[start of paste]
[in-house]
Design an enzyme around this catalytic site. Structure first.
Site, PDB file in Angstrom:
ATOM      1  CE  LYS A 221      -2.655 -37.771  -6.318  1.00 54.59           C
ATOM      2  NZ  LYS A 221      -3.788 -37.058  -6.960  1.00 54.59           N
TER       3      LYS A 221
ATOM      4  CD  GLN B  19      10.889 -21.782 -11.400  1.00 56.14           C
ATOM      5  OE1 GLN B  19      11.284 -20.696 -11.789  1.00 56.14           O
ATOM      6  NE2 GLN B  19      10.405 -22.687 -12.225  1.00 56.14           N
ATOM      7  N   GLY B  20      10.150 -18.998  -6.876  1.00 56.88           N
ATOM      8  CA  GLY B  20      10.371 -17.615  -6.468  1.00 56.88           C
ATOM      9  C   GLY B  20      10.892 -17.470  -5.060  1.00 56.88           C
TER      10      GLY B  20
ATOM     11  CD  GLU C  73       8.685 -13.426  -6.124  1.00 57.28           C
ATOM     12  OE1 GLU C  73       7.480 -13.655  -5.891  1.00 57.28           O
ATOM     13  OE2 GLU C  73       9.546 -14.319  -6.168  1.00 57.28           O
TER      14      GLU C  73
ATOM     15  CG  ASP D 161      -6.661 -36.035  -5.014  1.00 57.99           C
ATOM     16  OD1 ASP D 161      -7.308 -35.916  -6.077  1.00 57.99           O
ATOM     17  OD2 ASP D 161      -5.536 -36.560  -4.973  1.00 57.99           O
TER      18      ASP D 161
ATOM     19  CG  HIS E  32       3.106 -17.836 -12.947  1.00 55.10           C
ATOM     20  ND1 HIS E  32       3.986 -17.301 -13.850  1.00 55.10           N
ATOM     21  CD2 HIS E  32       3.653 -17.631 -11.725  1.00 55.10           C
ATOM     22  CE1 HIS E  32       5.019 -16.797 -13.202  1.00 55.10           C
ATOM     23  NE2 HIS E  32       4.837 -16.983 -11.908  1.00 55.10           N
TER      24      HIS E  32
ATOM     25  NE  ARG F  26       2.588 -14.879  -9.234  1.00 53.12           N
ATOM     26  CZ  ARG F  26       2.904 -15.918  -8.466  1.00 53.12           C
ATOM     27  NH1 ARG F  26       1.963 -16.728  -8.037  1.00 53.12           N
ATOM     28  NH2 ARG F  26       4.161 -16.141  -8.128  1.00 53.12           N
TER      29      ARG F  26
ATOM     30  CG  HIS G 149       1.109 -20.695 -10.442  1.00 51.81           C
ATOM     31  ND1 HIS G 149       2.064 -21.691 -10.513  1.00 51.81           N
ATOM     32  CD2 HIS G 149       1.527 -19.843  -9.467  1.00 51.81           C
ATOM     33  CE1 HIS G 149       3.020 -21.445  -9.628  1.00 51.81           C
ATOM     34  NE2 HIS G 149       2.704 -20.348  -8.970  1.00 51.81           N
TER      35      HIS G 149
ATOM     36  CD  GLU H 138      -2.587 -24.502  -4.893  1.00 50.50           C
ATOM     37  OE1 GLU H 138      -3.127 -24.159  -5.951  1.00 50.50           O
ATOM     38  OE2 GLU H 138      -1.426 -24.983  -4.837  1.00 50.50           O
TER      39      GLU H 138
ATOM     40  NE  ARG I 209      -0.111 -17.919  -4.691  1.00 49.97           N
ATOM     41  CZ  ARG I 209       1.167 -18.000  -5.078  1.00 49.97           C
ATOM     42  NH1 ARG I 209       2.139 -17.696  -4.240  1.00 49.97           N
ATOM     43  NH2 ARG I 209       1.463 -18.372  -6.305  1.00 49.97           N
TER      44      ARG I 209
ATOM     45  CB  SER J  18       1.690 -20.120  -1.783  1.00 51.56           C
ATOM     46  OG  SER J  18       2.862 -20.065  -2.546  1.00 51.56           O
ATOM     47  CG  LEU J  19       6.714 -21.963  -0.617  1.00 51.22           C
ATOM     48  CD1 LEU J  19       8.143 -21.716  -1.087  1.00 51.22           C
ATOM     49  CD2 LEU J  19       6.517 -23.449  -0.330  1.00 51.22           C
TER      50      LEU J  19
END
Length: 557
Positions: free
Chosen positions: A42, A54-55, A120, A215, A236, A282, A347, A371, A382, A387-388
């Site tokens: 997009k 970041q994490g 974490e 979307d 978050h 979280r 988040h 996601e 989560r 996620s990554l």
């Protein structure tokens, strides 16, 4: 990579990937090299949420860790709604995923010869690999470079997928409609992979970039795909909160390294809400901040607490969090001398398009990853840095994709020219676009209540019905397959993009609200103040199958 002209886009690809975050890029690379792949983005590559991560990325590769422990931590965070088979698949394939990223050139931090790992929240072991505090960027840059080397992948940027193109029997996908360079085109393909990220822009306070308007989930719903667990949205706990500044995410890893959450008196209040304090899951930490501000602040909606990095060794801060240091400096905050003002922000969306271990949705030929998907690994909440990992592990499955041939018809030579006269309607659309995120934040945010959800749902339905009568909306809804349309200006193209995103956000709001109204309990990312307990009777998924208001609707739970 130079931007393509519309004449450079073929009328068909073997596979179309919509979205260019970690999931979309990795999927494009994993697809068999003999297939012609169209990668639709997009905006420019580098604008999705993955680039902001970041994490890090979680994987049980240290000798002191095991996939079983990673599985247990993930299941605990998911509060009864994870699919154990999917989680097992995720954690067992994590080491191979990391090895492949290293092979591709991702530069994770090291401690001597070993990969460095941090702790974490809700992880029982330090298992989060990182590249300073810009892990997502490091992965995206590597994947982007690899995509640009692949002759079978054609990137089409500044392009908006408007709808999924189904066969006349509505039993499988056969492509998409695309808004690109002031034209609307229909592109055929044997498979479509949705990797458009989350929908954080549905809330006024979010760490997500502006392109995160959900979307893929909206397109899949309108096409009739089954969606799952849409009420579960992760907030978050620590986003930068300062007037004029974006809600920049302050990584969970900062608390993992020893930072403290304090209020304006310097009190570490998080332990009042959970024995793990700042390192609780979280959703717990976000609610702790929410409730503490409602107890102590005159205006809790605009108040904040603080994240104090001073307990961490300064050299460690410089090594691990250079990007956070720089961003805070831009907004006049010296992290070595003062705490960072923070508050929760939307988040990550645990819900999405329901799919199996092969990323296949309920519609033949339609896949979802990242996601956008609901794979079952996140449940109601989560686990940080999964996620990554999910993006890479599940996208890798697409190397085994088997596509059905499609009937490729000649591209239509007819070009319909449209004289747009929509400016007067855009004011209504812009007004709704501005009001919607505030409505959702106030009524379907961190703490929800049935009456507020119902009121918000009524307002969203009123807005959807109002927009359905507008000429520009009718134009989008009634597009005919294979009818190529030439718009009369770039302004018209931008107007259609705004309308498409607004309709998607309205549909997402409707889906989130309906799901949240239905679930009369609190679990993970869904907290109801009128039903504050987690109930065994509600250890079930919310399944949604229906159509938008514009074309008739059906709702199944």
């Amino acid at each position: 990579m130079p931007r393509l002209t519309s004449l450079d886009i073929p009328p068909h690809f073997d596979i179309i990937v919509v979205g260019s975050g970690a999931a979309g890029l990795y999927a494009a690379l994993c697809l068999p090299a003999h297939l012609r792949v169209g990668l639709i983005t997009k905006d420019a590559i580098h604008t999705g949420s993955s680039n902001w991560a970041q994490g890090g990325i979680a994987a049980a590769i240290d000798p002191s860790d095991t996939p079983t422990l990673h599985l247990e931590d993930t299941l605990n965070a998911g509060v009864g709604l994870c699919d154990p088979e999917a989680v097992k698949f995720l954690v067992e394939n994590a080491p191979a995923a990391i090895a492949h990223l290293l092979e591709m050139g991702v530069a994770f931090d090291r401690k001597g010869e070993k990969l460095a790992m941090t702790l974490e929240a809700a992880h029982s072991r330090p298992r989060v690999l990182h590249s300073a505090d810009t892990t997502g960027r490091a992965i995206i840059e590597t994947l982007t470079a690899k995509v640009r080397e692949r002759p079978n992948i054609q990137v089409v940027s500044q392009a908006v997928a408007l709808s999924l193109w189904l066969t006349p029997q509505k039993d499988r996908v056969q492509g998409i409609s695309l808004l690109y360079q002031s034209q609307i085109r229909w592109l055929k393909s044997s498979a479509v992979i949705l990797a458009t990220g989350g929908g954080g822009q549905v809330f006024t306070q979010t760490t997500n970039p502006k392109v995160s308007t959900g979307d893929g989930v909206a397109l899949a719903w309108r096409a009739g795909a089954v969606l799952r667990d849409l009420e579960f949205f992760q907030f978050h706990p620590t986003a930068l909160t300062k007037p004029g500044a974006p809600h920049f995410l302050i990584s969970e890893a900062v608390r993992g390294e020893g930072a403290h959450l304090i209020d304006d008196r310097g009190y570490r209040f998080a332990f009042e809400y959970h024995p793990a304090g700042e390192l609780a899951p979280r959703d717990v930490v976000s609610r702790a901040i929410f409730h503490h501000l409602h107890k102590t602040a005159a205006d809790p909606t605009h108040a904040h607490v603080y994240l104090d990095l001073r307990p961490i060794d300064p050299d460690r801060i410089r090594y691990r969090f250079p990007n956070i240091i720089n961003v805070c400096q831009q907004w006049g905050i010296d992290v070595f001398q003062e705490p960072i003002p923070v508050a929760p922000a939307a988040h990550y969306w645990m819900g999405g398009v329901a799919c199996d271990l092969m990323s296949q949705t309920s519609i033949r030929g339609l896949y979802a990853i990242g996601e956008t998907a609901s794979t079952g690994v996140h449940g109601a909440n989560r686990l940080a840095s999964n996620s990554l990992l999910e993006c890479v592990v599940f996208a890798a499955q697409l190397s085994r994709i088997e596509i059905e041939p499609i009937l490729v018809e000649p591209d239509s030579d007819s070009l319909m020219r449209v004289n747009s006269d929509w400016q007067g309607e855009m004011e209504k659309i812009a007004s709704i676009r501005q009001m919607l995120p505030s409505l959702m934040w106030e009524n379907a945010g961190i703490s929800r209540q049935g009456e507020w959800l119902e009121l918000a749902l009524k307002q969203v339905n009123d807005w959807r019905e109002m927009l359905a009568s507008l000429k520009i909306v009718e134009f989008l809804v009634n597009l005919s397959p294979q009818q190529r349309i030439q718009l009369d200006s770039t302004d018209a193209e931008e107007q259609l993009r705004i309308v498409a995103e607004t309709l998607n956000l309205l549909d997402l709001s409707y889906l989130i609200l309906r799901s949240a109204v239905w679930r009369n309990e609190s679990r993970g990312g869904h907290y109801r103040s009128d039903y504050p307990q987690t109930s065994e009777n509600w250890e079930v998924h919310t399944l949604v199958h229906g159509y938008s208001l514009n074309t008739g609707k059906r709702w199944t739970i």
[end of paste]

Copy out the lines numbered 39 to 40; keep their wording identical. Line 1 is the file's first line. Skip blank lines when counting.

ATOM     36  CD  GLU H 138      -2.587 -24.502  -4.893  1.00 50.50           C
ATOM     37  OE1 GLU H 138      -3.127 -24.159  -5.951  1.00 50.50           O